I will say that I’ve had all sorts of classes in the Tucker Theatre, including a geology class, but never an English class. I’ve also never had a class in Tucker that was not in the Theatre. However, this has to be my favorite academic building design-wise. There’s so much natural light and that staircase on the second floor is a great spot to study, hang out with friends, or just sit and read. The colorful walls are also a great touch!

  1. Andrews Hall

Andrews is often forgotten because it sits kind of in new campus and kind of in old campus, next to Swem and the ISC. I haven’t been able to take a class here, but the few times I’ve walked through, I’ve appreciated the modern vibes and art installations from the incredibly talented students in the art and art history departments. The only time I ventured into a classroom here was for a pre-study abroad information session, and I remember it being very difficult to find. For its navigational faults, I had to put Andrews in fourth place.

  1. Ewell Hall

I took a Music COLL 100 my freshman spring, and while it was the only music class I’ve been able to take, it has been one of the most interesting classes I’ve taken yet. Ewell gets bonus points for having the music library as a study spot, and also the ability to walk around and listen to faint classical instruments hum in the background. However, I just remember my classroom being packed with desks and being difficult to walk around, so I have to push this building back to fourth place.

  1. Washington Hall

Washington Hall is BIG. I’m genuinely surprised that I didn’t get lost in this building more than I did, but there’s so much to see here and some of my favorite classes have been in this building. I recommend taking an archaeology class here and seeing if you might be able to access some of the collections they have in the basement. The Washington lecture room, while it is a fun space to have larger classes, definitely lacks acoustic capacity and can be hard to hear. Additionally, nothing stands out about the classrooms here, so it gets an average score.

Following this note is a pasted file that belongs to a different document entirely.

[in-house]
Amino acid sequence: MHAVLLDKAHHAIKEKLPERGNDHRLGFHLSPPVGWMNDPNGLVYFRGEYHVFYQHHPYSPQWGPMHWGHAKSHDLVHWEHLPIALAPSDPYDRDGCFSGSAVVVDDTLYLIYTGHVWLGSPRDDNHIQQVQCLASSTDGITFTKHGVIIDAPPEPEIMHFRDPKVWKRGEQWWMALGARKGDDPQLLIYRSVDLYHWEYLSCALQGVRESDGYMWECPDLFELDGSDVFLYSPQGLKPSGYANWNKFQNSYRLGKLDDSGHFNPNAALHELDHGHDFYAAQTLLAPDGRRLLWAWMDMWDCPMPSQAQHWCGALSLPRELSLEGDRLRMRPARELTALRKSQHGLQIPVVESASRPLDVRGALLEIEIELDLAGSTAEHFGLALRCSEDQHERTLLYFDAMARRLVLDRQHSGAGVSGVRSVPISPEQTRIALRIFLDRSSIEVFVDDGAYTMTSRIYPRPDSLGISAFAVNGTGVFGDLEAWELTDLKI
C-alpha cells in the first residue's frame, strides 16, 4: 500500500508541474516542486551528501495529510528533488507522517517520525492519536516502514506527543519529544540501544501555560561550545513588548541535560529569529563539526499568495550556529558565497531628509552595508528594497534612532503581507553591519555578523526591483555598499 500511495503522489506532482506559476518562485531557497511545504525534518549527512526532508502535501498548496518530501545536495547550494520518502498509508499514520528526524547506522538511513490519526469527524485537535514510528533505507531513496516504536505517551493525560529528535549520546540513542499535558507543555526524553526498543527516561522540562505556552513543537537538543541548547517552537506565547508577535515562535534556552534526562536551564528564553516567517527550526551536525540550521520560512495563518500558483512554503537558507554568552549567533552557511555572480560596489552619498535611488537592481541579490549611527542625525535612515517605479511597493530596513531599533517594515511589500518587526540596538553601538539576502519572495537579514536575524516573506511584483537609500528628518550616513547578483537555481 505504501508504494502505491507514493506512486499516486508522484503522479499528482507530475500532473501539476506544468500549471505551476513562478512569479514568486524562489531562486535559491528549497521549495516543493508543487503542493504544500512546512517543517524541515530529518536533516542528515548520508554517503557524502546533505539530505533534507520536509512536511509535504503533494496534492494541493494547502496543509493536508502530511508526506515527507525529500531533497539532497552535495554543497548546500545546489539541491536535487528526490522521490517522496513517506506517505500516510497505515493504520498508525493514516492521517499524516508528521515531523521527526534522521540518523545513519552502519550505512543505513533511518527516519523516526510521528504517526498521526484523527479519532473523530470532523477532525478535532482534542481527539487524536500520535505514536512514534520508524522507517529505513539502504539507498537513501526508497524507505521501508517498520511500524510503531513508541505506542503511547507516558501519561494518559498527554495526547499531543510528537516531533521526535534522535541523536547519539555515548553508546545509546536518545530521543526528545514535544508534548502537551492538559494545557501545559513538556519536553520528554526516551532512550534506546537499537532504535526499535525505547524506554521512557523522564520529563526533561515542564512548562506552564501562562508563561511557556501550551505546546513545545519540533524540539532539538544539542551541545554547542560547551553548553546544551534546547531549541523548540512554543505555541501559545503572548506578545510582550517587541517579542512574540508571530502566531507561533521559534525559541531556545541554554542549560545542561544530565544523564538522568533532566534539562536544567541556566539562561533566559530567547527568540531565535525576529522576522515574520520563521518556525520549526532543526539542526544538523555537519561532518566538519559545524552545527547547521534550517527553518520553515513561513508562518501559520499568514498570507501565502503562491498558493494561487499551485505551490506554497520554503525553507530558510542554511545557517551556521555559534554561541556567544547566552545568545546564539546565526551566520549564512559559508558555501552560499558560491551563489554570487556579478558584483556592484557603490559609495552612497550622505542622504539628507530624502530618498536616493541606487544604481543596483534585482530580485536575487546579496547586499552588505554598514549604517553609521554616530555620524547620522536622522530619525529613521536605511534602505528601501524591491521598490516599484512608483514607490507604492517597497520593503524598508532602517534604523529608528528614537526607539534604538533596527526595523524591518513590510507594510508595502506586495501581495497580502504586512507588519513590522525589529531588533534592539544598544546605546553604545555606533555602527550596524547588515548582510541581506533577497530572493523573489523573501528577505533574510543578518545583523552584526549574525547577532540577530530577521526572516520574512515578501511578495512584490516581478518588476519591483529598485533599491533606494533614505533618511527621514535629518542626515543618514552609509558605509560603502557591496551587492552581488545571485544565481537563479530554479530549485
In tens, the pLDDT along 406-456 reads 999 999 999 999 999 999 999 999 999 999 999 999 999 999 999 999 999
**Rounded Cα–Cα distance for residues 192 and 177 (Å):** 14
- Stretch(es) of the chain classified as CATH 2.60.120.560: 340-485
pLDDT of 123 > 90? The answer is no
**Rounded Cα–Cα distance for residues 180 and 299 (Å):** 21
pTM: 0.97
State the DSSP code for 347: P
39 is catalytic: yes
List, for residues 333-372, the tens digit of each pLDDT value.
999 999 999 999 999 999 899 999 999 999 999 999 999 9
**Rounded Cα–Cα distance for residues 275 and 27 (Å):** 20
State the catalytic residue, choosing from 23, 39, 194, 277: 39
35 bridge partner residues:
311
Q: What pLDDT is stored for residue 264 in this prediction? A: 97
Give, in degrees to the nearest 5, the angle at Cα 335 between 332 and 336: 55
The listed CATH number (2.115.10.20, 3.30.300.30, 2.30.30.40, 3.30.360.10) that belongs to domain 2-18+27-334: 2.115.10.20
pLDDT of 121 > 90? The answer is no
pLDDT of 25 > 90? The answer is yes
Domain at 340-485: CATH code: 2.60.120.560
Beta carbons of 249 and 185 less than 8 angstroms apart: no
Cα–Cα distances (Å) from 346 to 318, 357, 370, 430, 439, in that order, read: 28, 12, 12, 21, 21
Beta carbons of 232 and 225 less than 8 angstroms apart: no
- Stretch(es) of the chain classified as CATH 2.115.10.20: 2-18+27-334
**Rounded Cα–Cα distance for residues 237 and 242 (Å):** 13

1. Morton Hall

Morton gets a bad rep, and I do wish I could defend it, but this has to be one of the worst buildings on campus, hosting some fantastic departments and students. My favorite part of Morton is walking through the hallways and learning about events and opportunities from departments like Sociology, Africana Studies, and Gender, Sexuality, and Women’s Studies. That being said, it takes forever to walk to, there is consistently a puddle outside, and the classrooms are dim and cramped. The students in this building deserve so much better.

  1. Tyler Hall

Tyler is the most cursed building on this campus. Ever since my 9 am in this building my freshman fall, I have been adamant about never taking a class in here. It seems like they tried to make it seem nice and modern but at the cost of any personality. And why are the lights so harsh? If the lights are going to be turned to their absolute brightest possible, then why are all the floors, ceilings, and walls also a bright white? Stepping into this building gives me the same sense of dread that I get when I’m on a zoom call and I realize I’m not muted when I thought I was. If you can avoid a class in Tyler, please do. If you can’t, please work on your priorities. 

About Neel

Neel is a junior from Vienna, Virginia, who is double majoring in environmental geology and anthropology. While he has been an orientation aide for both GGV and Botetourt, his heart still belongs to his freshman dorm, Hunt Hall. When he’s not sporting his neon as an orientation aide, he spends his time volunteering with the office of sustainability,doing research in the Keck Environmental Studies lab, or working with his team on GeoLab.

Outside of classes, he enjoys playing guitar, cooking vegan food, and anything outdoors. He is a Sagittarius and INTJ, but his most telling personal characteristic is that he genuinely enjoys Swem third. After William & Mary, he hopes to attend graduate school to study human and environmental geography, but is beyond excited to make the most out of his last two years here.